Recently I connected to Mark Ward on Twitter. Our paths crossed several times on the social media platforms of Facebook and Twitter. Most notably for me, however, was our connection via Facebook. Two fellow graduates from a small Bible college we attended, and a former professor and pastor, engaged in an online debate about New Testament textual criticism. I enjoyed the debate. The men exchanged their views with attention to detail while maintaining a godly demeanor. The same, however, could not be said of the comment section.
In the comments, though, laid a pot of god in two separate posts on Mark Ward’s blog, By Faith We Understand. The first post that Mark shared was “An Evaluation of the Work of Charles Surrett on the New Kings James Version,” posted on 6 January 2020. The second post that Mark shared was, “An Evaluation of the Work of Charles Surrett on Preservation,” shared on 9 January 2020. Though perhaps lengthier than the average blog, Mark’s attention to detail and irenic spirit was helpful for the discussion. He raised some issues to which, as of yet, I have failed to see any significant rebuttal.
This post is not about the topic of New Testament textual criticism, nor is it about Mark’s evaluation of Charles Surrett’s work on preservation, good though they are. It is in regard to Mark’s book, Authorized: The Use & Misuse of the King James Bible. After some brief interaction via social media, Mark graciously provided a copy of the book to me. In acknowledgment of his character, he asked for a fair review (not necessarily a positive one). That is the purpose of this post.
First, I grew up in a King James-only church, graduated from a King James-only college, and served in a volunteer role at a King James-only church. I took one class on New Testament textual criticism while at this King James-only college, so much of the discussion that takes place in Mark’s book was quite familiar. Second, I transitioned away from King James-only churches, colleges, and roles. I feel that this is fair to put up front before diving into my review of the book.
The Content of the Book
The book sets out to discuss, as the name implies, the use and misuse of the King James Bible. Mark begins the book with a discussion of some of the history of the King James version. Over half of Bible users still use the King James Version, and Mark does an excellent job of representing the value this translation has provided. He also notes what we lose when we leave the KJV. As I mentioned, having been a part of a KJV-only church and college, I appreciated this. Mark Ward does not downplay the importance or the value of the KJV. He also presents many reasons for using the KJV, even today.
However, there are some issues with the KJV that prove difficult. Mark provides several examples of the difficulties involved with the use of the KJV. I found his use of “false friends,” of which Mark writes, “But I’m also referring to those “false friends,” words that are still in use but have changed meaning over time, such as halt, commendeth, convenient, wait on, and remove.” I was surprised at several of these. I had used the KJV since I became a Christian, I went to a church that used it, and the college from which I graduated used it. It was humbling to see how many words I didn’t know the meaning of, which is precisely why Mark recommends, and wisely so, that we also use other translations. This section provides the majority of the work.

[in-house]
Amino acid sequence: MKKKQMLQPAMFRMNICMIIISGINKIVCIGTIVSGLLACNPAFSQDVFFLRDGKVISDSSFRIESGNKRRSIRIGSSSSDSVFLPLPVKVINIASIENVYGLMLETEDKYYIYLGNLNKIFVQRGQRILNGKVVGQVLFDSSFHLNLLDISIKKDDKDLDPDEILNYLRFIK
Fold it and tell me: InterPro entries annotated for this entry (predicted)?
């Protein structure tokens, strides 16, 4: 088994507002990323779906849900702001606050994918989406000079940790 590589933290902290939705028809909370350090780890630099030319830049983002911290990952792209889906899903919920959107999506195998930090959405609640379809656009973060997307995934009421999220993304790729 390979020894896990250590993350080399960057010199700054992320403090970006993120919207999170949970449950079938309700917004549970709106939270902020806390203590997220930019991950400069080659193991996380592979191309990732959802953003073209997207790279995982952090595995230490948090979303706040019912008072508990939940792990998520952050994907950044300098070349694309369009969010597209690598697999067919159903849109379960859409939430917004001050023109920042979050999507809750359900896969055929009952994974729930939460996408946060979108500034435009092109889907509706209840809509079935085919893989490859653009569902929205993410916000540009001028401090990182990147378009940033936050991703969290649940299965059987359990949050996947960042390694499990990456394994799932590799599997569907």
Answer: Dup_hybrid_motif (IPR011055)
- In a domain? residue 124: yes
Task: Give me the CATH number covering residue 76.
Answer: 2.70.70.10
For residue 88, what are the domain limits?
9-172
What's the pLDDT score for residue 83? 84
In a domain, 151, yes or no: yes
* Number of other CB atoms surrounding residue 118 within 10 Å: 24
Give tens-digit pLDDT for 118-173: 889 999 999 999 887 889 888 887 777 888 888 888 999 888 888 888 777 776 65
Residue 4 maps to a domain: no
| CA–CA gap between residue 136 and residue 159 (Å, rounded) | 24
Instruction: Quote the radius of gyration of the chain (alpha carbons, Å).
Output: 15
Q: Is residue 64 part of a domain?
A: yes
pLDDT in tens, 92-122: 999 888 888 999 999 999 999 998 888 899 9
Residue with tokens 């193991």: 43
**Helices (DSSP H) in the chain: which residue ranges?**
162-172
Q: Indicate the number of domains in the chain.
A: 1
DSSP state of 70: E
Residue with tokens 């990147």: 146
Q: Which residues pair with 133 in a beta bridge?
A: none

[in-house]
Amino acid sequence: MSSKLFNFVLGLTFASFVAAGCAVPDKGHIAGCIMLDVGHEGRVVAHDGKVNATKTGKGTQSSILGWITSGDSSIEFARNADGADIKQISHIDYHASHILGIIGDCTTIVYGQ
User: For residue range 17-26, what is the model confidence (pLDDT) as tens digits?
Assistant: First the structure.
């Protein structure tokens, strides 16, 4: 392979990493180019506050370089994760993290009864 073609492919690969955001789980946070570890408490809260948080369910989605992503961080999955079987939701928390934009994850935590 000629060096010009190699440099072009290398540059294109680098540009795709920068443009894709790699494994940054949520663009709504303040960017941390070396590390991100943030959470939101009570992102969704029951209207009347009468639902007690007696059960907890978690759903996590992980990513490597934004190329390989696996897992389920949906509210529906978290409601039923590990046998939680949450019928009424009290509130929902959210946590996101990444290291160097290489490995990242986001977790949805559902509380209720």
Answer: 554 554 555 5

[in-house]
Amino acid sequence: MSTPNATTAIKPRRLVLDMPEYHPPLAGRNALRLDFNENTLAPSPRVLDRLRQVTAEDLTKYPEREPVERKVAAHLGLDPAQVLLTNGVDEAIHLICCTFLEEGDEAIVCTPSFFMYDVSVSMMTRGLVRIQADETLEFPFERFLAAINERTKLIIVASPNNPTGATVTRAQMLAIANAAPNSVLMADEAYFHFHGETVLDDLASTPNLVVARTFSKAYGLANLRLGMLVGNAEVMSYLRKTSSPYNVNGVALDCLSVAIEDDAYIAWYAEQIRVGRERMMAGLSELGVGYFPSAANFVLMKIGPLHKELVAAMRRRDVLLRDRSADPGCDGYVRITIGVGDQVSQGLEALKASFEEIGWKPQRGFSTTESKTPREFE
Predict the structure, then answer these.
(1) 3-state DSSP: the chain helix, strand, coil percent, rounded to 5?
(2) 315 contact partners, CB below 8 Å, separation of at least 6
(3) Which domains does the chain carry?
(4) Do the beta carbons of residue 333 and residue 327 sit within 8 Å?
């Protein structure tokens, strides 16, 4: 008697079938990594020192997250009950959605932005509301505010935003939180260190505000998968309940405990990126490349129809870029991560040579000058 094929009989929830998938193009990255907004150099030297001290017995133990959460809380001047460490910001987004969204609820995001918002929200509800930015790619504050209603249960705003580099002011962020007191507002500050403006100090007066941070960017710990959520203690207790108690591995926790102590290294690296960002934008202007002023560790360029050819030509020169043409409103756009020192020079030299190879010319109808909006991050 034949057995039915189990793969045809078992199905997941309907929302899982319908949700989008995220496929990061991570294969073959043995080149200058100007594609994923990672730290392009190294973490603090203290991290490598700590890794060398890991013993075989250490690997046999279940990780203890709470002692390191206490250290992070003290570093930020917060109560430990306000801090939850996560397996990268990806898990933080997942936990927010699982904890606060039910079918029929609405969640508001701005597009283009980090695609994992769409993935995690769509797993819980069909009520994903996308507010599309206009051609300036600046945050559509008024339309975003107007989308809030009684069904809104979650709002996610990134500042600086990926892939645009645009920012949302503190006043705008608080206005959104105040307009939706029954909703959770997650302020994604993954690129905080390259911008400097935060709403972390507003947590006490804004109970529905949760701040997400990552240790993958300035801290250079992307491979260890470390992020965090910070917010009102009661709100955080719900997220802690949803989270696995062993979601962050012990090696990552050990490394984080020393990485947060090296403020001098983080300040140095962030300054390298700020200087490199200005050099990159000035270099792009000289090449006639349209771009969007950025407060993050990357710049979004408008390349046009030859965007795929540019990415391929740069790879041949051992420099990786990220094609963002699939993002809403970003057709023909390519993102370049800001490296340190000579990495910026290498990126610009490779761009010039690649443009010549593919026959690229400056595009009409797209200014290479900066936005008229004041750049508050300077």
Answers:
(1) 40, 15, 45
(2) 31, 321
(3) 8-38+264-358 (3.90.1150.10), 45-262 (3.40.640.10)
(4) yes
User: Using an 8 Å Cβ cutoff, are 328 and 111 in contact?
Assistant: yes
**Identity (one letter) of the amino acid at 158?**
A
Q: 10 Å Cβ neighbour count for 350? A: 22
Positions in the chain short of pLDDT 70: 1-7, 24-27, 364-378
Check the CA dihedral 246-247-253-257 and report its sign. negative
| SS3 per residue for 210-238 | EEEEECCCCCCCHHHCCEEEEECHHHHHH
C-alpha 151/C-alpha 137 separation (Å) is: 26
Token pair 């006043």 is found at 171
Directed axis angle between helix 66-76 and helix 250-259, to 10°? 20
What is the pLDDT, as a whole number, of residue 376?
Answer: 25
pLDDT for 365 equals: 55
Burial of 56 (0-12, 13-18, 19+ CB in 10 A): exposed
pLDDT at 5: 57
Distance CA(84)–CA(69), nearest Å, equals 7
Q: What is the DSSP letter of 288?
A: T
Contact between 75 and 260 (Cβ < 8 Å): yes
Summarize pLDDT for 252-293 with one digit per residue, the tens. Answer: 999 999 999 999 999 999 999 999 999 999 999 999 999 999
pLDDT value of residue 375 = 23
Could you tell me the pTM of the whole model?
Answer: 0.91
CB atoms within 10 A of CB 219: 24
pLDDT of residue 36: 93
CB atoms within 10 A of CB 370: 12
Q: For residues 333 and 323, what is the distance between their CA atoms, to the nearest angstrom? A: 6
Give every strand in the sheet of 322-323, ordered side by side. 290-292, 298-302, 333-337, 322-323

Another significant aspect of Mark’s work is the response to “Ten Objections to Reading Vernacular Bible Translations.” I have heard these arguments from my KJV-only proponents, and I appreciate the time, detail, and manner in which Mark answers these objections.
Mark also discusses the benefits of using multiple translations. He briefly addresses the issues of textual criticism, but wisely encourages those to follow the principles of Proverbs 18:13. In his discussion on the different translations available, Mark writes, “I hate to see Bibles becoming symbols of division: “I am of Crossway!” “I am of Zondervan!” “I am of B&H!” I appreciate that sentiment because there is much pride attached to the use of certain versions. I personally enjoy the ESV, but I also enjoy preaching and teaching from the NASB. And one more final point before moving on: Mark encourages people to use the Bible their pastor preaches.
Finally, Mark ends the work with a call to action. He encourages readers to pursue the reading of Scripture in a variety of translations. He rates them from formal to functional, and challenges us to “Get a translation you’ve never read before and read it all the way through.” I intend to do this with the NIV.
Who Would Benefit From This Book?
Anyone who loves the Bible! Seriously, this book would prove quite helpful for anyone, KJV-only or not, as it helps present the benefits of the KJV as well as other translations. Mark takes time to unravel the difficulties attached to this older translation without treating it contemptuously.
Those who enjoy one particular version (such as ESV or NASB, for example) would do well to read this. It helps clear up the idea of a “perfect translation” and encourages the use of a variety of translations.
Furthermore, those who are KJV-only would do well to consider carefully Mark’s words. They are written from a desire to help, and as such, they should be received in that manner. Without forfeiting their love, appreciation, and commitment to the KJV, it would help the Kingdom of God if they became more open and accepting to those who use other versions.
All in all, Mark’s book is well worth your read.
 Mark Ward, Authorized: The Use & Misuse of the King James Bible (Bellingham, WA: Lexham Press, 2018).
 Ward, 74.
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 Mark Ward, Authorized: The Use & Misuse of the King James Bible, ed. Elliot Ritzema, Lynnea Fraser, and Danielle Thevenaz (Bellingham, WA: Lexham Press, 2018), 126.